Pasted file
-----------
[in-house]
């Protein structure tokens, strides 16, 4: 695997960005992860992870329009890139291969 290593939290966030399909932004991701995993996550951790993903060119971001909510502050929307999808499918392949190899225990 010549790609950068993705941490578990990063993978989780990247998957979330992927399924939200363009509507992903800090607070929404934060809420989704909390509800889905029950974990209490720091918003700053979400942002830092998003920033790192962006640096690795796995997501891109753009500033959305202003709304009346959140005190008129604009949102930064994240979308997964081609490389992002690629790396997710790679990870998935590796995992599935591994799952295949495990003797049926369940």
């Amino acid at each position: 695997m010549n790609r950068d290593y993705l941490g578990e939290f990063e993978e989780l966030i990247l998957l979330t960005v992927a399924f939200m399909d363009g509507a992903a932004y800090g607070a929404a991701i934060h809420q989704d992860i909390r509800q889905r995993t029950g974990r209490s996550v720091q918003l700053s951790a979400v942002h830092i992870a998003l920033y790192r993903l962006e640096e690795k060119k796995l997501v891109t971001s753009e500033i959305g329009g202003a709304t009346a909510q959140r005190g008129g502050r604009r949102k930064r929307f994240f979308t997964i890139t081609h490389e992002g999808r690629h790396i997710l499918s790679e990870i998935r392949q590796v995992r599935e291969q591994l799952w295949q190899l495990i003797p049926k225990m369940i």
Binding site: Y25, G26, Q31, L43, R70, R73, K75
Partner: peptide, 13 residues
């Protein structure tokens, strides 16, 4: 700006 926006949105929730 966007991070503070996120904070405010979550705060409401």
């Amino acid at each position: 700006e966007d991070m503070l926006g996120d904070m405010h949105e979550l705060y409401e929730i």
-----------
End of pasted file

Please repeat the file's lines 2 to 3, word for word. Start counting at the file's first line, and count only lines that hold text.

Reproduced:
């Protein structure tokens, strides 16, 4: 695997960005992860992870329009890139291969 290593939290966030399909932004991701995993996550951790993903060119971001909510502050929307999808499918392949190899225990 010549790609950068993705941490578990990063993978989780990247998957979330992927399924939200363009509507992903800090607070929404934060809420989704909390509800889905029950974990209490720091918003700053979400942002830092998003920033790192962006640096690795796995997501891109753009500033959305202003709304009346959140005190008129604009949102930064994240979308997964081609490389992002690629790396997710790679990870998935590796995992599935591994799952295949495990003797049926369940």
């Amino acid at each position: 695997m010549n790609r950068d290593y993705l941490g578990e939290f990063e993978e989780l966030i990247l998957l979330t960005v992927a399924f939200m399909d363009g509507a992903a932004y800090g607070a929404a991701i934060h809420q989704d992860i909390r509800q889905r995993t029950g974990r209490s996550v720091q918003l700053s951790a979400v942002h830092i992870a998003l920033y790192r993903l962006e640096e690795k060119k796995l997501v891109t971001s753009e500033i959305g329009g202003a709304t009346a909510q959140r005190g008129g502050r604009r949102k930064r929307f994240f979308t997964i890139t081609h490389e992002g999808r690629h790396i997710l499918s790679e990870i998935r392949q590796v995992r599935e291969q591994l799952w295949q190899l495990i003797p049926k225990m369940i």